I’ve had the good fortune to work at or start companies that were breaking new ground.
Back in 2004, I got to work with MapReduce at Google years before Apache Hadoop was even released, using it on a nearly daily basis to analyze user activity on web search and analyze the efficacy of user experiments. In 2007, I co-founded a company predicated on the idea that highly personalized signals would revolutionize the TV industry as we moved from “broadcast to broadband,” shifting from a one-to-many to a one-to-one model of engagement — it’s truly amazing how far things have come.
And now, I’m betting on the fact that there is a new data challenge on the horizon — that the classic scale challenge of storing and processing data will soon become table stakes, and a new problem of scaling engineering productivity will emerge. Engineering teams will need a tool like Ascend to increase productivity as they build more stable, reliable data products, and faster than ever before.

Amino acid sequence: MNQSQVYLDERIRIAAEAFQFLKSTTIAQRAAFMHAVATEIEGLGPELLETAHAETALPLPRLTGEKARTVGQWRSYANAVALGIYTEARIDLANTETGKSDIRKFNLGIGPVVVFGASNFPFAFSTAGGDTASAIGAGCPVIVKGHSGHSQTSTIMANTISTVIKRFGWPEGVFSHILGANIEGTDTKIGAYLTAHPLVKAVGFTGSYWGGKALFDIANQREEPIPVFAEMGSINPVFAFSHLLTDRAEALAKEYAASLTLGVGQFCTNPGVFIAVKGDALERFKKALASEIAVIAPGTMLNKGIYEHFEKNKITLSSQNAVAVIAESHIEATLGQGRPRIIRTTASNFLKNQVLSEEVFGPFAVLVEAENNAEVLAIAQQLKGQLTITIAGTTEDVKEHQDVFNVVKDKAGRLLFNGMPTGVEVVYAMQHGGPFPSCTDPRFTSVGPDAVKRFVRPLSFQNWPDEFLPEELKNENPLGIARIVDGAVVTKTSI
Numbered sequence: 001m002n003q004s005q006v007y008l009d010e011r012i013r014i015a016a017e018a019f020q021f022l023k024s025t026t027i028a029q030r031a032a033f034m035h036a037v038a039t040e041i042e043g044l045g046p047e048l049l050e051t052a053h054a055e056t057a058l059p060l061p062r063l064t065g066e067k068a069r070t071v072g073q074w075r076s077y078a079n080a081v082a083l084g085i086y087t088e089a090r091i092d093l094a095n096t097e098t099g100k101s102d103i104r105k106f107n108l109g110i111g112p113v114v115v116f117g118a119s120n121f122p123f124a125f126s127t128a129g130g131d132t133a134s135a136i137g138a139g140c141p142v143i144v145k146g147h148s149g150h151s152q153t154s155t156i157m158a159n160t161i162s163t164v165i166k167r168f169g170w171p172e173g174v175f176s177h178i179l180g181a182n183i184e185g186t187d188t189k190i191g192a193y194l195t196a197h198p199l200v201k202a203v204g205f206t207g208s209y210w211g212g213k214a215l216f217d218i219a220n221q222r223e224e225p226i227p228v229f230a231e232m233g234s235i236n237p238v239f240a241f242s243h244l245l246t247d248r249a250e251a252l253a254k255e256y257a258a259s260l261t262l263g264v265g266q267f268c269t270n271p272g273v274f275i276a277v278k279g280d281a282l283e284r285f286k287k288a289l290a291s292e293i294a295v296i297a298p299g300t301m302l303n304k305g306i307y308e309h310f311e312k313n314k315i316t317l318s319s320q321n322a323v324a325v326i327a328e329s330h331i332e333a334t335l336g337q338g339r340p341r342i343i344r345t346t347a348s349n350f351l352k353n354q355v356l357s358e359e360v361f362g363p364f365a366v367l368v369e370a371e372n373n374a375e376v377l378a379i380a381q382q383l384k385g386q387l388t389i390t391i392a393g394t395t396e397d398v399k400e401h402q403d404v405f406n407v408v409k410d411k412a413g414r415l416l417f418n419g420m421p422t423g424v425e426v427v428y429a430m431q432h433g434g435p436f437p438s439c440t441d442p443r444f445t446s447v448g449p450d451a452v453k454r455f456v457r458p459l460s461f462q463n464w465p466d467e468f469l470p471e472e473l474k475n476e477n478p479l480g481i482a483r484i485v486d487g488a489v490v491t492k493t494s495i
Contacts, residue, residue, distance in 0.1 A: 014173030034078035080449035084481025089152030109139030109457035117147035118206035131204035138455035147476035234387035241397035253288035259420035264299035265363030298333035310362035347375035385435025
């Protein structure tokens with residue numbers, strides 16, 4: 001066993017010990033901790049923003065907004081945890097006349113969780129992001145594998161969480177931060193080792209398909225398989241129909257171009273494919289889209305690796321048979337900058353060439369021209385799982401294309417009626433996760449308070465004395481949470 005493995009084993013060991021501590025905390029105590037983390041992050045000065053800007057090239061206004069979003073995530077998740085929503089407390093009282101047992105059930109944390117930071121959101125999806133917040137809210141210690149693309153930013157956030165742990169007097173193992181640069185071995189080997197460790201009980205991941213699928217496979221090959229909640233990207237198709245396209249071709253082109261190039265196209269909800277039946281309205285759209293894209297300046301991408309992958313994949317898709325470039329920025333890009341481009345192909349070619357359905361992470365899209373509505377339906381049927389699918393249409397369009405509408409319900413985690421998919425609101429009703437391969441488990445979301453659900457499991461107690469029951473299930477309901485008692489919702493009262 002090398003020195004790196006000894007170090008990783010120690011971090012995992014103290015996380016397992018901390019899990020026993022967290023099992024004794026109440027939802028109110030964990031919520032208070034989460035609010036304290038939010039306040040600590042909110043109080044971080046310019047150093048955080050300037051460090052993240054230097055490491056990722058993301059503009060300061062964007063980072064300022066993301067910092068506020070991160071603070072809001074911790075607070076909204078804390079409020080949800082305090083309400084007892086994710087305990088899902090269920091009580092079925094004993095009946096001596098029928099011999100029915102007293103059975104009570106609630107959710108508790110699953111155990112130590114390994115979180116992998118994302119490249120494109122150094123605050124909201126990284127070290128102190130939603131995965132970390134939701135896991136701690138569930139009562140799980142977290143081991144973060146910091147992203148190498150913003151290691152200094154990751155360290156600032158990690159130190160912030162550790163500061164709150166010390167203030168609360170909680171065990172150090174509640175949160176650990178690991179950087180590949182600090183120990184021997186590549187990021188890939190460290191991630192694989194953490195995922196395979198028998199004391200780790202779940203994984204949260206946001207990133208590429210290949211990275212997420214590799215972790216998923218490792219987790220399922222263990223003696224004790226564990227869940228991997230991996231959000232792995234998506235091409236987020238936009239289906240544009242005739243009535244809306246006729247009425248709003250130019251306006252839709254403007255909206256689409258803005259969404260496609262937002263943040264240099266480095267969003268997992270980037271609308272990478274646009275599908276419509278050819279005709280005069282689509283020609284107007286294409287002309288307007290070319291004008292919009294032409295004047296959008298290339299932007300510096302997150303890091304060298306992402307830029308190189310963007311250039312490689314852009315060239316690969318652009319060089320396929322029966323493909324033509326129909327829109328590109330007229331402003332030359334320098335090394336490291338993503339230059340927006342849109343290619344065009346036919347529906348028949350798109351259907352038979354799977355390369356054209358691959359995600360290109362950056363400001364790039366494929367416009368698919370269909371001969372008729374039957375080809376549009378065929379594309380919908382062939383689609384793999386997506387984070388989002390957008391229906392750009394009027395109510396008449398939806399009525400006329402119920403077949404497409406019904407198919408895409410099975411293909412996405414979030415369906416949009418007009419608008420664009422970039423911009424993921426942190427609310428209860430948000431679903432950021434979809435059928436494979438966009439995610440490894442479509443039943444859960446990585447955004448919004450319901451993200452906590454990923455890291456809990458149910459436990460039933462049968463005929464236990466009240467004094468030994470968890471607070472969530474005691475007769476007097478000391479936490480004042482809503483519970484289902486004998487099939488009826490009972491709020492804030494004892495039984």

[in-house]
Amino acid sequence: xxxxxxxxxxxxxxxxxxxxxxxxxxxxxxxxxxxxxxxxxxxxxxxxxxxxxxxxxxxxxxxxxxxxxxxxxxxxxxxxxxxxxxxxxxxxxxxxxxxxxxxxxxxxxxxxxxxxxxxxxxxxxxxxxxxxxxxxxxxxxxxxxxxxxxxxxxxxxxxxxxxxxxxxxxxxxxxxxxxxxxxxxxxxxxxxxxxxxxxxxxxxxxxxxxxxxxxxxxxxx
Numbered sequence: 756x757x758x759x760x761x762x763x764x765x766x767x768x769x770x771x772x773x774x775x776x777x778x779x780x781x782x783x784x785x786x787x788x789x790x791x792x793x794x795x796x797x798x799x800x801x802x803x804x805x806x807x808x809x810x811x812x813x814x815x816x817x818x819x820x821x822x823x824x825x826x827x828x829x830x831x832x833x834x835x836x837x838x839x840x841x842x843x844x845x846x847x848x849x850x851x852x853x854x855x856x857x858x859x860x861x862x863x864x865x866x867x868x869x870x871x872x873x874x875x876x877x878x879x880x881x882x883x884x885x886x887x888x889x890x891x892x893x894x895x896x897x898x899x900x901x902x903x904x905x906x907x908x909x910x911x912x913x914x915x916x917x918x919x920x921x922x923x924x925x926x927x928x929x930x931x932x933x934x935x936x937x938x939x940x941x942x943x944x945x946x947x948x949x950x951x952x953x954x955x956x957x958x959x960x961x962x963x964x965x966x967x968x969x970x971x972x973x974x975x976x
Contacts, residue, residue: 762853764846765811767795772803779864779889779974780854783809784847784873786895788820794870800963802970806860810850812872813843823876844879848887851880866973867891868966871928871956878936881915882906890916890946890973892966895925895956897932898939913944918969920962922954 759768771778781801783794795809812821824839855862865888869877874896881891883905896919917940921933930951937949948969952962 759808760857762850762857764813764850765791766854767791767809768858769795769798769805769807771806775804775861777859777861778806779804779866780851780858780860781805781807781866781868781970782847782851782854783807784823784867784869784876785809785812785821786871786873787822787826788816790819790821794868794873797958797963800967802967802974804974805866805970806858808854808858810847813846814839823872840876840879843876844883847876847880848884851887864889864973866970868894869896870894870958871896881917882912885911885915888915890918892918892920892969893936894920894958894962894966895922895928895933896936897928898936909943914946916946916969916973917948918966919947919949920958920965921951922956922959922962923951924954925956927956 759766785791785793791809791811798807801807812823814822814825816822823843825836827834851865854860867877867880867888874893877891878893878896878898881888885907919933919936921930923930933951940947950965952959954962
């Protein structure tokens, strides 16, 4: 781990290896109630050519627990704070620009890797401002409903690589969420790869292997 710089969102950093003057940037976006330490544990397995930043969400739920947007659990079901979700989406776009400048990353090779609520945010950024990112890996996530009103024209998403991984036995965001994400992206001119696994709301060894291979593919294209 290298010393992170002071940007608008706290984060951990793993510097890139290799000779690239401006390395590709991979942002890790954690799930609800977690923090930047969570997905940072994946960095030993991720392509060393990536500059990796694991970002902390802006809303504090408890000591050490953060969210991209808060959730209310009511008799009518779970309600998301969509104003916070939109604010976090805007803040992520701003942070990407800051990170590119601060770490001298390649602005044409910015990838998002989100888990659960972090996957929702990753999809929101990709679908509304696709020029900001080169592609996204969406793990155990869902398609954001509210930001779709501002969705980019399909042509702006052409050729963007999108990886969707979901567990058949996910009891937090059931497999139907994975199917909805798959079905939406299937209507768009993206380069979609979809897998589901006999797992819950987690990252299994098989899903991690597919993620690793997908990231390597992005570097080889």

While being ahead of the curve has made everything from fundraising to explaining what I do at work challenging, it does have its perks. One distinct advantage is that it gives me a birds eye view of macro trends and their development over time.
So in this piece, I’ll give my take on the evolution of the cloud data platform, starting way back from my days at Google.
I didn’t know it yet, but big data would be a big deal
Google was my first position out of college.
In 2004, there was no such thing as a “frontend engineer,” so I was hired as a “Java developer,” working on the UI for web search (which, ironically, was written in C++). Because my Master’s degree at Stanford was concentrated on human-computer interaction, this was my dream job.
What I didn’t realize is that working at Google, on the web search team, at this very precise point in time would become every HCI and data nerd’s ideal first job. On a nearly daily basis, we got to “push pixels” (i.e., iterate on awesome new user experience ideas), collect the results, and for the things that improved our target metrics, release them to the entire user base. In 2006, our team was able to experiment and iterate so much that we were able to release a flurry of improvements that increased revenue by nearly 10% while improving customer satisfaction metrics all at the same time.